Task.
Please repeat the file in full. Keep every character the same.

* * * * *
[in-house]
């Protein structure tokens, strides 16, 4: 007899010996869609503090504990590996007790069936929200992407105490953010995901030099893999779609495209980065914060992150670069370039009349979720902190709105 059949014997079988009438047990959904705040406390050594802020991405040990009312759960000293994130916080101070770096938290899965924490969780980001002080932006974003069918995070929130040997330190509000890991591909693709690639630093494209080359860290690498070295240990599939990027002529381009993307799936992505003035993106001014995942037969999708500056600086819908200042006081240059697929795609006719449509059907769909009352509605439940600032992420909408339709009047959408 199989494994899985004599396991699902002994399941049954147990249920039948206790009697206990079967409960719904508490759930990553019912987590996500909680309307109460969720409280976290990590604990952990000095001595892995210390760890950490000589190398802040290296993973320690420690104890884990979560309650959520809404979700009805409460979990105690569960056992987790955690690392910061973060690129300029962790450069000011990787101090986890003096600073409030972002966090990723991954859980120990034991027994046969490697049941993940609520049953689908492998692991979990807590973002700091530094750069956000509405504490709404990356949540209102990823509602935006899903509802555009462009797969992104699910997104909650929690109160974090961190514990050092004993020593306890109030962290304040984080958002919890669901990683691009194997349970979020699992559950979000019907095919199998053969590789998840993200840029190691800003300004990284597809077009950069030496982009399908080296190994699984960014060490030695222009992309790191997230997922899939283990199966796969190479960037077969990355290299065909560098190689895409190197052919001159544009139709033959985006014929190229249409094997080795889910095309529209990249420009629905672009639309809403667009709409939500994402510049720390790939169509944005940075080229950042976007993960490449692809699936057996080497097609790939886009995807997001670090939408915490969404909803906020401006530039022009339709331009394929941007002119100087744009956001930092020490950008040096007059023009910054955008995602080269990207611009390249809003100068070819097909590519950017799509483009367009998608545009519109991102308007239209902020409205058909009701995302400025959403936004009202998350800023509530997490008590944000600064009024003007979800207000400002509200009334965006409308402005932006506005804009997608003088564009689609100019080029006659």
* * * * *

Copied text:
[in-house]
């Protein structure tokens, strides 16, 4: 007899010996869609503090504990590996007790069936929200992407105490953010995901030099893999779609495209980065914060992150670069370039009349979720902190709105 059949014997079988009438047990959904705040406390050594802020991405040990009312759960000293994130916080101070770096938290899965924490969780980001002080932006974003069918995070929130040997330190509000890991591909693709690639630093494209080359860290690498070295240990599939990027002529381009993307799936992505003035993106001014995942037969999708500056600086819908200042006081240059697929795609006719449509059907769909009352509605439940600032992420909408339709009047959408 199989494994899985004599396991699902002994399941049954147990249920039948206790009697206990079967409960719904508490759930990553019912987590996500909680309307109460969720409280976290990590604990952990000095001595892995210390760890950490000589190398802040290296993973320690420690104890884990979560309650959520809404979700009805409460979990105690569960056992987790955690690392910061973060690129300029962790450069000011990787101090986890003096600073409030972002966090990723991954859980120990034991027994046969490697049941993940609520049953689908492998692991979990807590973002700091530094750069956000509405504490709404990356949540209102990823509602935006899903509802555009462009797969992104699910997104909650929690109160974090961190514990050092004993020593306890109030962290304040984080958002919890669901990683691009194997349970979020699992559950979000019907095919199998053969590789998840993200840029190691800003300004990284597809077009950069030496982009399908080296190994699984960014060490030695222009992309790191997230997922899939283990199966796969190479960037077969990355290299065909560098190689895409190197052919001159544009139709033959985006014929190229249409094997080795889910095309529209990249420009629905672009639309809403667009709409939500994402510049720390790939169509944005940075080229950042976007993960490449692809699936057996080497097609790939886009995807997001670090939408915490969404909803906020401006530039022009339709331009394929941007002119100087744009956001930092020490950008040096007059023009910054955008995602080269990207611009390249809003100068070819097909590519950017799509483009367009998608545009519109991102308007239209902020409205058909009701995302400025959403936004009202998350800023509530997490008590944000600064009024003007979800207000400002509200009334965006409308402005932006506005804009997608003088564009689609100019080029006659």